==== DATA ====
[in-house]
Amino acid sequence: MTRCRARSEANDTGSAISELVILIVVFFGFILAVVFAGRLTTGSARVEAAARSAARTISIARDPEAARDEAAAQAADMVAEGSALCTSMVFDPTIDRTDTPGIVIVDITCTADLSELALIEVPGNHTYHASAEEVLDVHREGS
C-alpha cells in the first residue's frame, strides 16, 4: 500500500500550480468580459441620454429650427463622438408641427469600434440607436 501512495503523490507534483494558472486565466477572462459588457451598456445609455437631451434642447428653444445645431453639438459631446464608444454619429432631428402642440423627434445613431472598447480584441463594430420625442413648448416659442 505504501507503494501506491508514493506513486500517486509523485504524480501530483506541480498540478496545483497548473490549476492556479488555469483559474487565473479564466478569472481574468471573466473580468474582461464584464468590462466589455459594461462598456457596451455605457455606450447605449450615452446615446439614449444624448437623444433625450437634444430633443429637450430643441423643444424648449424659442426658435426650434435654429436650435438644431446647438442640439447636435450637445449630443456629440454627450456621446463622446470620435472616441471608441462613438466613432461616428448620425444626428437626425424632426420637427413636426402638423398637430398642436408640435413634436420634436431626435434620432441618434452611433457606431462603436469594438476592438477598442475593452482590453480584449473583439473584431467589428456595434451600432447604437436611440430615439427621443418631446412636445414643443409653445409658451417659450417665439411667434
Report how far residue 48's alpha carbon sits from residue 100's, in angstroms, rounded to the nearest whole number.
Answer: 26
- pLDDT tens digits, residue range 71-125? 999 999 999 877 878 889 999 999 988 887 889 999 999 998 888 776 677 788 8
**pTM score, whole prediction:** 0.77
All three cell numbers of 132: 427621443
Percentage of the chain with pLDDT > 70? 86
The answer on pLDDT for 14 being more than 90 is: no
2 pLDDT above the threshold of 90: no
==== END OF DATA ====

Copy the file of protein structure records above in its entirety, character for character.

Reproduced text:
[in-house]
Amino acid sequence: MTRCRARSEANDTGSAISELVILIVVFFGFILAVVFAGRLTTGSARVEAAARSAARTISIARDPEAARDEAAAQAADMVAEGSALCTSMVFDPTIDRTDTPGIVIVDITCTADLSELALIEVPGNHTYHASAEEVLDVHREGS
C-alpha cells in the first residue's frame, strides 16, 4: 500500500500550480468580459441620454429650427463622438408641427469600434440607436 501512495503523490507534483494558472486565466477572462459588457451598456445609455437631451434642447428653444445645431453639438459631446464608444454619429432631428402642440423627434445613431472598447480584441463594430420625442413648448416659442 505504501507503494501506491508514493506513486500517486509523485504524480501530483506541480498540478496545483497548473490549476492556479488555469483559474487565473479564466478569472481574468471573466473580468474582461464584464468590462466589455459594461462598456457596451455605457455606450447605449450615452446615446439614449444624448437623444433625450437634444430633443429637450430643441423643444424648449424659442426658435426650434435654429436650435438644431446647438442640439447636435450637445449630443456629440454627450456621446463622446470620435472616441471608441462613438466613432461616428448620425444626428437626425424632426420637427413636426402638423398637430398642436408640435413634436420634436431626435434620432441618434452611433457606431462603436469594438476592438477598442475593452482590453480584449473583439473584431467589428456595434451600432447604437436611440430615439427621443418631446412636445414643443409653445409658451417659450417665439411667434
Report how far residue 48's alpha carbon sits from residue 100's, in angstroms, rounded to the nearest whole number.
Answer: 26
- pLDDT tens digits, residue range 71-125? 999 999 999 877 878 889 999 999 988 887 889 999 999 998 888 776 677 788 8
**pTM score, whole prediction:** 0.77
All three cell numbers of 132: 427621443
Percentage of the chain with pLDDT > 70? 86
The answer on pLDDT for 14 being more than 90 is: no
2 pLDDT above the threshold of 90: no